E-Commerce Shrinks As Second Timers Get Touchy

By Staff On Aug 7 2006 - 6:00am




TWICE: So as the dynamic of who is buying a digital camera has changed, has the dynamic of where they're buying changed as well?

Lee: For first-time buyers, the mass merchants are the bigger channel. Electronic specialty is seeing a bigger share of the second- and third-time buyer.

Lundeen: Something I think is interesting is that the mass channels are getting into the higher priced cameras. I think this upcoming season will see some non-traditional players get into the category because of the gifting potential at Christmas.

Carr: The other thing that we're seeing is that e-commerce is dropping quite rapidly. And we think it's because of the second-time buyer. They know what they want this time, and they want to go in and try it. Maybe the first time they would have gone and bought it on the Internet, but now they're getting serious about it, and they want to go into the store and really play with the camera and test it. They want to know the click to capture speeds. They want to know what accessories fit.

Lundeen: On the flip side, e-commerce printing is through the roof.

Peck: As the digital SLR business becomes a more significant size of the market, customers are now looking for the traditional accessories that they added onto their SLR camera 15 or 20 years ago. So they like to touch and feel the lenses, they want to see the flashes, they want to see the accessories, they want to see the gadget bags. We see that the photo specialty store still has a very healthy place in this market.

Lundeen: We're seeing photo specialty as having an interesting role, but really any retailers who have a clerk on hand in a photo center can help people working with these devices. Where the consumer electronics chains have an edge is that they're already pulling the consumers in. They offer the best array, but anyone who can help the consumer understand the printing options and how they print from cam phones and the complexities of imaging will be well positioned.

Campbell: I think that the consumer electronics chains are starting to understand the value of what photo specialty has been able to do, and you're starting to see them put a greater emphasis on training and making sure that their staff is able to handle the customers coming in. I know that there has been, over the last few months with the major CE chains, a significant emphasis on that. I think the other thing that's interesting is occasionally the warehouse club seems to be a place for repeat purchasers to go, and it's a different demographic. They're researching the products, they know what they want and they're going after those higher priced products at the warehouse clubs.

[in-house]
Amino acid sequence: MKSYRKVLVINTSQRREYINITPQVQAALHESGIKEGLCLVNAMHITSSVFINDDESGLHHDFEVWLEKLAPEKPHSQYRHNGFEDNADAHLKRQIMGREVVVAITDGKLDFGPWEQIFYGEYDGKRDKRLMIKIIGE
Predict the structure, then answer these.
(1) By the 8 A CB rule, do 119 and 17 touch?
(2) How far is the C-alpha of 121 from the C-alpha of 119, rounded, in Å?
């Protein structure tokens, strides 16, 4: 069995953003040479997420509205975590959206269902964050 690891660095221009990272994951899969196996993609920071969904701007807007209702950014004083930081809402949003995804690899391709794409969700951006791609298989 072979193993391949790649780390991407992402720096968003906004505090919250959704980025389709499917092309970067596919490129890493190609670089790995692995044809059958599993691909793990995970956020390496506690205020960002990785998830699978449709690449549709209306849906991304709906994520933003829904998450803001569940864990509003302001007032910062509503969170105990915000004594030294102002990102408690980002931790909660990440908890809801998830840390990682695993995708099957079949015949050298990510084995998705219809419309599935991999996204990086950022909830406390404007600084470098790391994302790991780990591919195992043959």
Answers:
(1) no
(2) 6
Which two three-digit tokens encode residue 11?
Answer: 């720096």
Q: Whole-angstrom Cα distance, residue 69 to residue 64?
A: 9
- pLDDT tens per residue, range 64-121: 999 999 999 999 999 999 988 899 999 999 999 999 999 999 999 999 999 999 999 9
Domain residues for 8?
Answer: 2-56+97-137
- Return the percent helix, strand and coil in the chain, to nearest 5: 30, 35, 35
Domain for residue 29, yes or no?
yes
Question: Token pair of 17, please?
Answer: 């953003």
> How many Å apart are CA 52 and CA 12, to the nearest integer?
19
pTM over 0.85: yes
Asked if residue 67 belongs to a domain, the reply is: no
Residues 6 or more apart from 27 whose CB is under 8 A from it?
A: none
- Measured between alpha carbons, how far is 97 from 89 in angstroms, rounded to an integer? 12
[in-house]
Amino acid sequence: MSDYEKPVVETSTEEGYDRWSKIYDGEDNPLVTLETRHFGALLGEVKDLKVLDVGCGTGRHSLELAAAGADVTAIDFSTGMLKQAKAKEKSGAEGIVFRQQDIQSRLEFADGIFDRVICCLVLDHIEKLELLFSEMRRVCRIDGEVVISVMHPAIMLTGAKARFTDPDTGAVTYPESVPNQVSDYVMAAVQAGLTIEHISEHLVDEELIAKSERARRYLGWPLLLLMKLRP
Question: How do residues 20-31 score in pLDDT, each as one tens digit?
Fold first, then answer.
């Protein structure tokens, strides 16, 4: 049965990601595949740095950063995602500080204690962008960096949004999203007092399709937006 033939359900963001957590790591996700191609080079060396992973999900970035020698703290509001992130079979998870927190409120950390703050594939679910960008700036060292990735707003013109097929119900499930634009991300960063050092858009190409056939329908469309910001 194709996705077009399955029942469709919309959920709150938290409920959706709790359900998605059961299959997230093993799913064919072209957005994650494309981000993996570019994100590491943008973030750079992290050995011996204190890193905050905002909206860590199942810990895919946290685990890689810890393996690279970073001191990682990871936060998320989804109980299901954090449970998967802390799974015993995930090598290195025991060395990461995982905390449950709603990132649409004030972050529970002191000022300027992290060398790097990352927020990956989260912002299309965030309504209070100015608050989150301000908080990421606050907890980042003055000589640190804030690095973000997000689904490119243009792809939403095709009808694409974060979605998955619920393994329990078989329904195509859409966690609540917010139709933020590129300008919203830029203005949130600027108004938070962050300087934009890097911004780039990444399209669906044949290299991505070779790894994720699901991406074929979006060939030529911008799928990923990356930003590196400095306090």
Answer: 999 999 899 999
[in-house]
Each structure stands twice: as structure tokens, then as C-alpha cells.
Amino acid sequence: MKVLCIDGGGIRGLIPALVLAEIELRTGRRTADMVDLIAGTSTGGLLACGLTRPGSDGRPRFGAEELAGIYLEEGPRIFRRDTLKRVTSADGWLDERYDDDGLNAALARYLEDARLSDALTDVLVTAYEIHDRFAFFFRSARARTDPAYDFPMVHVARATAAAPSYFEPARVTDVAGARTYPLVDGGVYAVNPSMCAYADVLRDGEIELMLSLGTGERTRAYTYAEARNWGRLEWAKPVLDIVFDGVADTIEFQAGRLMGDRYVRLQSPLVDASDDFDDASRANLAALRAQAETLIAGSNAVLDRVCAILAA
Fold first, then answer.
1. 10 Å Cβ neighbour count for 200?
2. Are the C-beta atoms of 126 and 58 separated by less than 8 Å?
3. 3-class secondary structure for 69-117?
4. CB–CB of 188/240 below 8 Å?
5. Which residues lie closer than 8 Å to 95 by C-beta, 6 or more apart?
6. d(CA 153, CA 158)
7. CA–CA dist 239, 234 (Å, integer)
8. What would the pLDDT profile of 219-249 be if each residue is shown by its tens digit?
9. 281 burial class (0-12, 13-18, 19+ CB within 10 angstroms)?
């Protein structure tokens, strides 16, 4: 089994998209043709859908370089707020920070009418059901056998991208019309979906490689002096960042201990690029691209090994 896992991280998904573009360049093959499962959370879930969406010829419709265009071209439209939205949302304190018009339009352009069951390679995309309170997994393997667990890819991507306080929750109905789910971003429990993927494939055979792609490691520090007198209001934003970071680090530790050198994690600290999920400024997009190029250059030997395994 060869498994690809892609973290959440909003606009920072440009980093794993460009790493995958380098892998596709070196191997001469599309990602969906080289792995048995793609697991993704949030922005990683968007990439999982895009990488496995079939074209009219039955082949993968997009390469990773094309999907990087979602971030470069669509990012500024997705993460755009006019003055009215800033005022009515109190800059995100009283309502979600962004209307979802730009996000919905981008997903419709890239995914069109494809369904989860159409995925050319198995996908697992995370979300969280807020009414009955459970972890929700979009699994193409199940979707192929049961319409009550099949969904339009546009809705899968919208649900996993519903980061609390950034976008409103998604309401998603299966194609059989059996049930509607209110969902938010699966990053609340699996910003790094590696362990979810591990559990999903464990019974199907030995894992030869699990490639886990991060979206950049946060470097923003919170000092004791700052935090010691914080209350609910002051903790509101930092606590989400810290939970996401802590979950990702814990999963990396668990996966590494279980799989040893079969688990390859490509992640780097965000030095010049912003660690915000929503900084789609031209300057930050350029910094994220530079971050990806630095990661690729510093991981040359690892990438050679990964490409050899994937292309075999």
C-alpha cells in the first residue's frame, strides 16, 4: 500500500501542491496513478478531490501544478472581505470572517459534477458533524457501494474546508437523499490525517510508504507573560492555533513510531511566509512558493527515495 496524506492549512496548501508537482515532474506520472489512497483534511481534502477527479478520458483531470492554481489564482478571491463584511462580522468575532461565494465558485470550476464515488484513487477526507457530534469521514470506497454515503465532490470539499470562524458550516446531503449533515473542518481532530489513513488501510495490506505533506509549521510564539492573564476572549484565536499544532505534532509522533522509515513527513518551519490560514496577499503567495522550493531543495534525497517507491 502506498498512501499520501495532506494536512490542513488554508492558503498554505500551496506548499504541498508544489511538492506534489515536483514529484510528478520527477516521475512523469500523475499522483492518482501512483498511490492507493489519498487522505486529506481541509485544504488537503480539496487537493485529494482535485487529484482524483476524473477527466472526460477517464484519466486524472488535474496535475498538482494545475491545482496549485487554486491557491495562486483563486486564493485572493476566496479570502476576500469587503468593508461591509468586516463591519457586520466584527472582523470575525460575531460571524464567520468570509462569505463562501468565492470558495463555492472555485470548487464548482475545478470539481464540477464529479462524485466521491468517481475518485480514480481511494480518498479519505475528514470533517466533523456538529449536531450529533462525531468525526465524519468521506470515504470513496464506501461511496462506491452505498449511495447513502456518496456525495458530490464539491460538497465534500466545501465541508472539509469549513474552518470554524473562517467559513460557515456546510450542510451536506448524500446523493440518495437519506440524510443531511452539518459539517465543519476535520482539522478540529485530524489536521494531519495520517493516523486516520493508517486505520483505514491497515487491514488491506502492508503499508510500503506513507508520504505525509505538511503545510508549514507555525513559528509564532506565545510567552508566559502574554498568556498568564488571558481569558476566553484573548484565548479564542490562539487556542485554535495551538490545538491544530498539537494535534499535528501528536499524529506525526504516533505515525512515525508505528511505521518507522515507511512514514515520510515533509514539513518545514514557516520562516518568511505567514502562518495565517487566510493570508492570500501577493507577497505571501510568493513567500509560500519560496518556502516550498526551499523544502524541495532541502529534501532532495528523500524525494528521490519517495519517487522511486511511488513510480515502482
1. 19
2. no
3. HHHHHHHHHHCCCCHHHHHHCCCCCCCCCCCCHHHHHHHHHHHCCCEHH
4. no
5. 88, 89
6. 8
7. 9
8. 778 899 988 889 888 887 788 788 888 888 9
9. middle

Peck: One thing I would like to add when we talk about the Web is that customers will use the Web to do the research. Certainly the first place they're going to is the company's Web site. They'll go to a PriceGrabber for example — they'll check prices. But I think they're also very savvy about the pricing in the marketplace. It may not necessarily be a matter of where they can buy for the lowest price, but where they can have the best experience. They may do the research online and then shop at a photo specialty store or go to a big-box CE store.

Lee: I think they're going to be looking for the full experience. As you pointed out earlier, they want to see everything together, not just “here's a camera and a lens.”

Hoffman: Well, as features continue to increase in cameras, consumers are looking for that education, so photo specialty and the educated CE dealers are going to be an important [resource] for the consumer.

Carr: They also have another alternative to a digital still point and shoot — it's the camera phone. And for that lower end of the category, the sub-$100 product is really rapidly moving over to the camera phones. So if they are going to purchase another camera, it will be higher end. They're going to shop around.

Peck: One of the hot features today in digital cameras is image stabilization. Well, how do you really demonstrate image stabilization on a Web site? I think this is a good chance for people in the store to demonstrate that.

Lundeen:The opportunity for the industry is to get consumers to understand that having a 5-megapixel camera isn't how you eliminate blur or how you capture low-light images. That's an interaction between the image sensors, the processor and lens and a lot of other things. So there's a terrific opportunity for education in retail.

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